I call to check on my grandmother weekly. Since the onset of the COVID-19 pandemic, I have started chatting with her more often. Grandma Frankie is a social butterfly, so limiting interactions to immediate family members means missing out on the countless other people in her community.
Last week, part of our conversation went something like this:
Grandma Frankie: “Do you have an iPhone?”
Her: “I just bought one today, but cannot figure out how to use it. Could you write down the iPhone instructions and mail them to me?”
This conversation may look familiar. It’s important that my grandmother is able to get online, especially when the coronavirus keeps her away from lifelong friends and church family. Learning how to do a Facetime call, login to a social media account, or ordering something online requires one-on-one coaching. But, I am committed to helping her navigate this uncharted territory. She deserves the benefits and is willing to learn how to use new equipment to get online.
Last week, because of COVID-19 social distancing measures, my grandmother had to go to a doctor’s appointment alone for the first time. She was told that she could use her iphone to FaceTime family members during future appointments. She explained that to me in our weekly updates and I realized that increased digital literacy will give my grandmother and so many others like her what COVID-19 has taken away – freedom.
When my grandmother is able to get online (on her own) she can get the healthcare she needs, order the groceries that she wants, and contribute to her community. She really misses gathering in place with the ladies of her Bridge Club, who have met weekly for the last thirty years. Once I helped her download an app for the card game, she was able to play digitally with some of her friends that already play online. It’s a small gesture that keeps her stimulated and engaged.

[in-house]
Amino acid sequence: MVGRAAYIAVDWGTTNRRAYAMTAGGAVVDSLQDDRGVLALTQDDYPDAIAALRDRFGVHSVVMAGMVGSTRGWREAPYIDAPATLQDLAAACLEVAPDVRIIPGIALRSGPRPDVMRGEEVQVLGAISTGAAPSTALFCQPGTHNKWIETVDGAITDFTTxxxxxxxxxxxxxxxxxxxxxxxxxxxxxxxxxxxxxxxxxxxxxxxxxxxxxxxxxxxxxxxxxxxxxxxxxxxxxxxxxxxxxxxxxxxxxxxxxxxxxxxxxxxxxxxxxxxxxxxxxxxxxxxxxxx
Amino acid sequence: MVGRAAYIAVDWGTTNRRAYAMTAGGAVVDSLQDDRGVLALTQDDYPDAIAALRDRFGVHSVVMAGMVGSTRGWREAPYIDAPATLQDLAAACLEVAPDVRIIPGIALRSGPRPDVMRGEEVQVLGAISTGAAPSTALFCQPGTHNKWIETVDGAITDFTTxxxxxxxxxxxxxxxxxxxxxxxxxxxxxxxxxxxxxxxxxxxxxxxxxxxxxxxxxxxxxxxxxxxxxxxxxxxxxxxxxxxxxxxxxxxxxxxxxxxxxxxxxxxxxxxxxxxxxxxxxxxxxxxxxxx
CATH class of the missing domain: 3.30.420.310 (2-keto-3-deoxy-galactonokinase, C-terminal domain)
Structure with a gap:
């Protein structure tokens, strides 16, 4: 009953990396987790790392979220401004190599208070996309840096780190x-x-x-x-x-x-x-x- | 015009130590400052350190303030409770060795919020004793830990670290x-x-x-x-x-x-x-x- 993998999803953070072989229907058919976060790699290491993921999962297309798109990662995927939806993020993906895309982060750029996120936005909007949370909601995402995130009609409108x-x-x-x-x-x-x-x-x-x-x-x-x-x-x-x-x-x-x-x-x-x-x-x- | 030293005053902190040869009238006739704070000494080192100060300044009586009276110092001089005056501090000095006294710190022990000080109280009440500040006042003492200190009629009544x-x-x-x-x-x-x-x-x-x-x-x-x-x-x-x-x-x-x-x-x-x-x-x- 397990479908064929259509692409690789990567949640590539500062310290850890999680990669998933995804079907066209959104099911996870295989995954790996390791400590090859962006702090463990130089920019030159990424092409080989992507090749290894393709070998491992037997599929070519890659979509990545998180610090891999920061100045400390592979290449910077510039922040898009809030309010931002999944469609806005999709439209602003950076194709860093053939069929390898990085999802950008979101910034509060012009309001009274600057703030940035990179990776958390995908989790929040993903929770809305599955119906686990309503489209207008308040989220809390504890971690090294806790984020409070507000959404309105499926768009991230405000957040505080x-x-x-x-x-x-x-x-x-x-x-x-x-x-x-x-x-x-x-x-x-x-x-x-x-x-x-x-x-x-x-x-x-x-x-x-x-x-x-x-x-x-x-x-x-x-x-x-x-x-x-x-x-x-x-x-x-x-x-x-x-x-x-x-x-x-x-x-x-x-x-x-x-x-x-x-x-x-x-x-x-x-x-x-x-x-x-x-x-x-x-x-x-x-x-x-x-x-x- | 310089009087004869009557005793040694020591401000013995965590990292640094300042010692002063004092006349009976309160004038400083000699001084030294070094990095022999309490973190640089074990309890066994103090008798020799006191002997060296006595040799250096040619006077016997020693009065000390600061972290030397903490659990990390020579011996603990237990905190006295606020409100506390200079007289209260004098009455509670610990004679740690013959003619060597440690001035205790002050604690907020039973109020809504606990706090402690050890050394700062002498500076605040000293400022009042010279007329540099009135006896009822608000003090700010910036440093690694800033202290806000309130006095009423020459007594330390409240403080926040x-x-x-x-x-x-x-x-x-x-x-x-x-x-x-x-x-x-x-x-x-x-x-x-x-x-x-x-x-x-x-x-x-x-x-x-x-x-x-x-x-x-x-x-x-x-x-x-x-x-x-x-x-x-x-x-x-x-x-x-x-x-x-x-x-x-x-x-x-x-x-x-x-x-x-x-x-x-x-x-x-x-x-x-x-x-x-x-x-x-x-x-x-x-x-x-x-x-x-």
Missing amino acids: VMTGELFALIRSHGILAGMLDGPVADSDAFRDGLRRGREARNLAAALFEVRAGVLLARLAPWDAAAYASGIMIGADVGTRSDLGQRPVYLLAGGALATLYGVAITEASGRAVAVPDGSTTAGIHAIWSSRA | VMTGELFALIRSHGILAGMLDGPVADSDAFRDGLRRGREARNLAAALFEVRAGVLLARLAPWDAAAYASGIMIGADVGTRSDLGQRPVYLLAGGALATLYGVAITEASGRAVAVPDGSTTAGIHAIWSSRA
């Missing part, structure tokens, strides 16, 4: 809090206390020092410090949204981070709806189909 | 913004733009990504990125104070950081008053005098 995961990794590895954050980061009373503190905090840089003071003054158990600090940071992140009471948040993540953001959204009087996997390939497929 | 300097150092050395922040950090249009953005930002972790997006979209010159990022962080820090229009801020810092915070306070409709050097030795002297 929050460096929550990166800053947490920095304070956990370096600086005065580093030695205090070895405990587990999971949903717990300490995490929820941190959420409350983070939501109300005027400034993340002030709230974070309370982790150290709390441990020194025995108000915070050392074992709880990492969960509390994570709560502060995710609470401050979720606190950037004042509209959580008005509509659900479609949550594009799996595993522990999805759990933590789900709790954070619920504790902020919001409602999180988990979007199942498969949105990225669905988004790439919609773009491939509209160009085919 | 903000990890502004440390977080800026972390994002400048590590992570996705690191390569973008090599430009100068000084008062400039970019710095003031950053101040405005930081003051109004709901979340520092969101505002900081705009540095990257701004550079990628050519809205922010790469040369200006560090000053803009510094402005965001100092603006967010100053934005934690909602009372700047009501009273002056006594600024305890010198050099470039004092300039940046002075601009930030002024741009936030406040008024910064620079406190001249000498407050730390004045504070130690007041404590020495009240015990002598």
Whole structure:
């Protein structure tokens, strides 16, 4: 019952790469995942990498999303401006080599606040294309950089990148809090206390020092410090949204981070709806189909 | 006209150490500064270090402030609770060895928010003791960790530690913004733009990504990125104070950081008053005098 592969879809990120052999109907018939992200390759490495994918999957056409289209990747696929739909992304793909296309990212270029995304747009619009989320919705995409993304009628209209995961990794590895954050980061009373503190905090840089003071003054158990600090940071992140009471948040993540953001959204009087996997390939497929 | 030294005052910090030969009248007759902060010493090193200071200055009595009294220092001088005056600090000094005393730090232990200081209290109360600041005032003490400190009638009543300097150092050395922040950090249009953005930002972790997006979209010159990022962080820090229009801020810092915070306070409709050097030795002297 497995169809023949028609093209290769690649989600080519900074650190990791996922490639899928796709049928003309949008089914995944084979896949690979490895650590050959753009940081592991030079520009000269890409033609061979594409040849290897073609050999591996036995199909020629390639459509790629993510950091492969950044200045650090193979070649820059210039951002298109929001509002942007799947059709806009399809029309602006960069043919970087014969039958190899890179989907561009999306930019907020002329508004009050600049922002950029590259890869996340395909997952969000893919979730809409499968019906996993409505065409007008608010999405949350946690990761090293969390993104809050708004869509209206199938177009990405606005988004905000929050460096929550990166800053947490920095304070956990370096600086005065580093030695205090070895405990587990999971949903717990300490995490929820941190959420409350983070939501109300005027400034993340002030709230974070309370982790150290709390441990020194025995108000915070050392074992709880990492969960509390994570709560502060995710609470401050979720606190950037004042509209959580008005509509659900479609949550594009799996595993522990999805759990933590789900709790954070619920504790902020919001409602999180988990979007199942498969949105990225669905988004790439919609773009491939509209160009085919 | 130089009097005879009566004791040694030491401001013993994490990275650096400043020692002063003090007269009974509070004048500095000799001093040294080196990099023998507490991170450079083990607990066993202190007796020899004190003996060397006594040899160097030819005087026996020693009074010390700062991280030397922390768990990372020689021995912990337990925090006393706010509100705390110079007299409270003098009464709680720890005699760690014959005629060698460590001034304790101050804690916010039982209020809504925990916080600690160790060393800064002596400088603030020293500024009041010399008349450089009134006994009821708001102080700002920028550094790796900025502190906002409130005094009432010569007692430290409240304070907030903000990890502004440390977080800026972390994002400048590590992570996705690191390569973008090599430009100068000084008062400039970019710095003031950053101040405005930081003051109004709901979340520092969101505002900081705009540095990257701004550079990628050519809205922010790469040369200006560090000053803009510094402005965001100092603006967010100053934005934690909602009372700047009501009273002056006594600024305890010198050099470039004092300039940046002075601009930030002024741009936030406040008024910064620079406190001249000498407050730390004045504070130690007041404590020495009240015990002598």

It’s less important that Grandma Frankie can get online for bridge club meetings than what happens here. It’s a safe place for she and her friends to have candid conversations about community needs and activism, especially for residents in her demographic. Without in-person meetings, these conversations are few and far between, potentially excluding critical perspectives from the larger conversation that shapes our government and its priorities. Being able to get online allows my grandmother to help her insert her voice into the local civic dialogue.
While sending directions via snail mail might take a while longer than explaining how to use her new gadget over the phone, that handwritten letter is the first step to quickly exchanging text messages with her in the future. For our family, my grandmother’s new iPhone will ensure that she can fully enjoy and participate in an increasingly digital society.